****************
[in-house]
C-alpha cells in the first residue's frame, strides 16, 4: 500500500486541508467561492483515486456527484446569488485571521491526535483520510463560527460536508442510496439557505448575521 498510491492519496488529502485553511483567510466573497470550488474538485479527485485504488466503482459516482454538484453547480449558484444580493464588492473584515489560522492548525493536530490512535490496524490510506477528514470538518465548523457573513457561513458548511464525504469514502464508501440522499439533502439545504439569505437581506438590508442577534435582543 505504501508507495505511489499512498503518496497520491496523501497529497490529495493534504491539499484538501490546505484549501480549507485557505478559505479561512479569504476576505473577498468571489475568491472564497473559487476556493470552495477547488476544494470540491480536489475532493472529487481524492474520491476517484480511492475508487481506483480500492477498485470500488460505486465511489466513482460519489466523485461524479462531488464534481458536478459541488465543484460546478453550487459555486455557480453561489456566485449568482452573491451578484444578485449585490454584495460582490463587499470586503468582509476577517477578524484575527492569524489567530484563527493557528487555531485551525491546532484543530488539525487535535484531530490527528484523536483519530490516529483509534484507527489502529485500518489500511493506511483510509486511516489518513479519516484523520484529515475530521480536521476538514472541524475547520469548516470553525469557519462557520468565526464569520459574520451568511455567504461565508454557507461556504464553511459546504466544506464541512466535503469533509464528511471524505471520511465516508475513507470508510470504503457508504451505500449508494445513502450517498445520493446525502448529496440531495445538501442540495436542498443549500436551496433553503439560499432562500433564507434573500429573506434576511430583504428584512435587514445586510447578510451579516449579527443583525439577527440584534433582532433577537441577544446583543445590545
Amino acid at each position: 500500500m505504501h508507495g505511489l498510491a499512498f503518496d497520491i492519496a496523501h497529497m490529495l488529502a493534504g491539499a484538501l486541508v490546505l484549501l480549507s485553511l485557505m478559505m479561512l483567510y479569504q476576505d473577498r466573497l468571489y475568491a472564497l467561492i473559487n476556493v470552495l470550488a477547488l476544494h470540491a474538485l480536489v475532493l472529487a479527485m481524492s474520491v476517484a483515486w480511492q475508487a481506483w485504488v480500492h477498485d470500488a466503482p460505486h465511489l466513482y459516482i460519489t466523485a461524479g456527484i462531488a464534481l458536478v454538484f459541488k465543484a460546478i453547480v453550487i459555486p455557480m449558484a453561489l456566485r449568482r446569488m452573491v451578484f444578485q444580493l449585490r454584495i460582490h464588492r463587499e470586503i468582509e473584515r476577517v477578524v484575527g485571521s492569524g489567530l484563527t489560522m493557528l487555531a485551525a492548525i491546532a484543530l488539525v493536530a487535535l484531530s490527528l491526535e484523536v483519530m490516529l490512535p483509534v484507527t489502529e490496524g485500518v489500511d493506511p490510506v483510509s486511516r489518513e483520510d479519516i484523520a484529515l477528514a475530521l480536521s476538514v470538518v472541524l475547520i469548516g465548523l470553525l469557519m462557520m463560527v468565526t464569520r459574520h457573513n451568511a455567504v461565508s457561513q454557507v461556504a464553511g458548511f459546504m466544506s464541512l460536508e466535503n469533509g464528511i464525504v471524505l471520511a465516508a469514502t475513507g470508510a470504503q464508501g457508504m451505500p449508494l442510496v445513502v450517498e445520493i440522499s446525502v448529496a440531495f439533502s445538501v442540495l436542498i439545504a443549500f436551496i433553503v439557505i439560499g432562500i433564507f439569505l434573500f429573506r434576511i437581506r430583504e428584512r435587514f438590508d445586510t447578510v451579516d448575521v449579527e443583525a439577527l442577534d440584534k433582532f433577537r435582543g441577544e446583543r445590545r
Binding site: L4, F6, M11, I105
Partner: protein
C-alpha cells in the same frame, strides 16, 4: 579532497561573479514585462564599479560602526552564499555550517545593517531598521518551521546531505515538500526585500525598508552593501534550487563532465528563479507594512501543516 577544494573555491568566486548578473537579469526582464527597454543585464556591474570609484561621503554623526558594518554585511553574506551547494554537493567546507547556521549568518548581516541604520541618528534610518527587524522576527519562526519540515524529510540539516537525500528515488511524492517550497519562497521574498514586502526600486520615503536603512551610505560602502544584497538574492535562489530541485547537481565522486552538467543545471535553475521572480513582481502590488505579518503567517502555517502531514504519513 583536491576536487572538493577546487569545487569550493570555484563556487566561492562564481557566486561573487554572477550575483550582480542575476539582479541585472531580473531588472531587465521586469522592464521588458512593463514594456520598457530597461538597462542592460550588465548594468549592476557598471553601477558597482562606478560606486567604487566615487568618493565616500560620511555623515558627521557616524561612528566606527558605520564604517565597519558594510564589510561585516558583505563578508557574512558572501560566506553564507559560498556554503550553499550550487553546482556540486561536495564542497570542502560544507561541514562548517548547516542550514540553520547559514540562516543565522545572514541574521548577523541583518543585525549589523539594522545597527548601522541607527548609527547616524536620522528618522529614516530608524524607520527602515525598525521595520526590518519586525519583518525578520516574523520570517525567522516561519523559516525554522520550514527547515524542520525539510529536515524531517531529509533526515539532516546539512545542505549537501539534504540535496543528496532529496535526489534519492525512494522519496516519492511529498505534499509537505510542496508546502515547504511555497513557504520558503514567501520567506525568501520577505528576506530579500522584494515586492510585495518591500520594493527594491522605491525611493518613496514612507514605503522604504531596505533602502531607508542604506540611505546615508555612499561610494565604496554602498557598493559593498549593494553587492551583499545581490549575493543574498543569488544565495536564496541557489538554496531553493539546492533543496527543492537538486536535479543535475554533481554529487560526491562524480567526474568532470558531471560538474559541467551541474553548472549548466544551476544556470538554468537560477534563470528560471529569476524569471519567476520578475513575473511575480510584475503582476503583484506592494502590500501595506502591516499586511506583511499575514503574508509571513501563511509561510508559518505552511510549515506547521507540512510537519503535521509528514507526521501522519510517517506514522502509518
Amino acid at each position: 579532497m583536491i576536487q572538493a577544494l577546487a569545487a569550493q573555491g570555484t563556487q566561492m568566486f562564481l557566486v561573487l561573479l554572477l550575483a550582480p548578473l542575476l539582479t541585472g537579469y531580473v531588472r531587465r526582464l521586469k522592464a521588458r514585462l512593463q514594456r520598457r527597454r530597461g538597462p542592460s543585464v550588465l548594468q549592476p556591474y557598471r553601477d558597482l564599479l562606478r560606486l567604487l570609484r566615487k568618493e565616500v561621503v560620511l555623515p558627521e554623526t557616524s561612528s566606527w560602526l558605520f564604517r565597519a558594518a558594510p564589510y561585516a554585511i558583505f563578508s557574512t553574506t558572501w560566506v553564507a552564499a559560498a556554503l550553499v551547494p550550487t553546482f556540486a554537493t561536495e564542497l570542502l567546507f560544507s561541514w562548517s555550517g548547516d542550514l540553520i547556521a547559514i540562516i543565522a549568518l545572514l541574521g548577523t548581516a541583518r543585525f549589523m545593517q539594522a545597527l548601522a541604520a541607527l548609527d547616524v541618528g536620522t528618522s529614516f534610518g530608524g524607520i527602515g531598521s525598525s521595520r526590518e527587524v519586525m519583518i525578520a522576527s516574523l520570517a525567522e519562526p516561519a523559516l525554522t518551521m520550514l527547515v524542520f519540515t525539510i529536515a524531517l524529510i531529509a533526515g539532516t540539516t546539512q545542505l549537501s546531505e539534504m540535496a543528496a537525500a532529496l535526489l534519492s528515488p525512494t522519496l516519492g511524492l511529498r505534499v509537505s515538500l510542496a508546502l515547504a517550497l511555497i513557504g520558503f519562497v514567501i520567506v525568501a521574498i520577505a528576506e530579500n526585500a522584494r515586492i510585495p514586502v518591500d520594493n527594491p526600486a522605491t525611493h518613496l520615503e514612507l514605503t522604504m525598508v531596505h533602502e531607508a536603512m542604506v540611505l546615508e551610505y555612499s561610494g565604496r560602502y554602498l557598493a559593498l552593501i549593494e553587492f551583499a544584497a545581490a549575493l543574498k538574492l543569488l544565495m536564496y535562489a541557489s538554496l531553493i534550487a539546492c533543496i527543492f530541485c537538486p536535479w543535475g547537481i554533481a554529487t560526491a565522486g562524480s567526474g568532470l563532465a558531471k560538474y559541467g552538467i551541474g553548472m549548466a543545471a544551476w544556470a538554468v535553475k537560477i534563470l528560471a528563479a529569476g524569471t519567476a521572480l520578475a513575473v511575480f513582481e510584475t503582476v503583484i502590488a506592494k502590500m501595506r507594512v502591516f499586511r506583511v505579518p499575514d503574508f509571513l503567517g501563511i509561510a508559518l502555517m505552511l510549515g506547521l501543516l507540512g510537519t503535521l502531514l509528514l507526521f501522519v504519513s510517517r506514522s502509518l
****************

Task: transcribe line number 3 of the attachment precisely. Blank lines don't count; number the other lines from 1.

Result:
Amino acid at each position: 500500500m505504501h508507495g505511489l498510491a499512498f503518496d497520491i492519496a496523501h497529497m490529495l488529502a493534504g491539499a484538501l486541508v490546505l484549501l480549507s485553511l485557505m478559505m479561512l483567510y479569504q476576505d473577498r466573497l468571489y475568491a472564497l467561492i473559487n476556493v470552495l470550488a477547488l476544494h470540491a474538485l480536489v475532493l472529487a479527485m481524492s474520491v476517484a483515486w480511492q475508487a481506483w485504488v480500492h477498485d470500488a466503482p460505486h465511489l466513482y459516482i460519489t466523485a461524479g456527484i462531488a464534481l458536478v454538484f459541488k465543484a460546478i453547480v453550487i459555486p455557480m449558484a453561489l456566485r449568482r446569488m452573491v451578484f444578485q444580493l449585490r454584495i460582490h464588492r463587499e470586503i468582509e473584515r476577517v477578524v484575527g485571521s492569524g489567530l484563527t489560522m493557528l487555531a485551525a492548525i491546532a484543530l488539525v493536530a487535535l484531530s490527528l491526535e484523536v483519530m490516529l490512535p483509534v484507527t489502529e490496524g485500518v489500511d493506511p490510506v483510509s486511516r489518513e483520510d479519516i484523520a484529515l477528514a475530521l480536521s476538514v470538518v472541524l475547520i469548516g465548523l470553525l469557519m462557520m463560527v468565526t464569520r459574520h457573513n451568511a455567504v461565508s457561513q454557507v461556504a464553511g458548511f459546504m466544506s464541512l460536508e466535503n469533509g464528511i464525504v471524505l471520511a465516508a469514502t475513507g470508510a470504503q464508501g457508504m451505500p449508494l442510496v445513502v450517498e445520493i440522499s446525502v448529496a440531495f439533502s445538501v442540495l436542498i439545504a443549500f436551496i433553503v439557505i439560499g432562500i433564507f439569505l434573500f429573506r434576511i437581506r430583504e428584512r435587514f438590508d445586510t447578510v451579516d448575521v449579527e443583525a439577527l442577534d440584534k433582532f433577537r435582543g441577544e446583543r445590545r